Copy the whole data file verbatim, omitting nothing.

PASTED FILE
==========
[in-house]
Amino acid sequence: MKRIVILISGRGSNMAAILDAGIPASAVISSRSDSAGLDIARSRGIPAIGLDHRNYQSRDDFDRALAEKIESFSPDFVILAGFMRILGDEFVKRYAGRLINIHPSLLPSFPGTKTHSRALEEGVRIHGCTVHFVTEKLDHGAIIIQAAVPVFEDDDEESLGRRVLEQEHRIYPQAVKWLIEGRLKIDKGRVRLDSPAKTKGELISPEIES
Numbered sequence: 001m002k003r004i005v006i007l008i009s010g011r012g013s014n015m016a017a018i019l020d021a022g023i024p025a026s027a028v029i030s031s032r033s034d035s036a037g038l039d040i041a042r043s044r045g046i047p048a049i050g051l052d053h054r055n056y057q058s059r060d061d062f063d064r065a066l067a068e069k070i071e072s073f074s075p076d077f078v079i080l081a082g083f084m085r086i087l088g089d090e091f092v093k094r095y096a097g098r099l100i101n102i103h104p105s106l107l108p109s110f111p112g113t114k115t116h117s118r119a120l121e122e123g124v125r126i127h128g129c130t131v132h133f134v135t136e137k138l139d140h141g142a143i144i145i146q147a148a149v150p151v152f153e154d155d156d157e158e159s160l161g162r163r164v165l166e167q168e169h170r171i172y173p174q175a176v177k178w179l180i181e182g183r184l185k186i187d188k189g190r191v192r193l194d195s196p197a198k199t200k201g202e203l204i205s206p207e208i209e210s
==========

[in-house]
Amino acid sequence: MKRIVILISGRGSNMAAILDAGIPASAVISSRSDSAGLDIARSRGIPAIGLDHRNYQSRDDFDRALAEKIESFSPDFVILAGFMRILGDEFVKRYAGRLINIHPSLLPSFPGTKTHSRALEEGVRIHGCTVHFVTEKLDHGAIIIQAAVPVFEDDDEESLGRRVLEQEHRIYPQAVKWLIEGRLKIDKGRVRLDSPAKTKGELISPEIES
Numbered sequence: 001m002k003r004i005v006i007l008i009s010g011r012g013s014n015m016a017a018i019l020d021a022g023i024p025a026s027a028v029i030s031s032r033s034d035s036a037g038l039d040i041a042r043s044r045g046i047p048a049i050g051l052d053h054r055n056y057q058s059r060d061d062f063d064r065a066l067a068e069k070i071e072s073f074s075p076d077f078v079i080l081a082g083f084m085r086i087l088g089d090e091f092v093k094r095y096a097g098r099l100i101n102i103h104p105s106l107l108p109s110f111p112g113t114k115t116h117s118r119a120l121e122e123g124v125r126i127h128g129c130t131v132h133f134v135t136e137k138l139d140h141g142a143i144i145i146q147a148a149v150p151v152f153e154d155d156d157e158e159s160l161g162r163r164v165l166e167q168e169h170r171i172y173p174q175a176v177k178w179l180i181e182g183r184l185k186i187d188k189g190r191v192r193l194d195s196p197a198k199t200k201g202e203l204i205s206p207e208i209e210s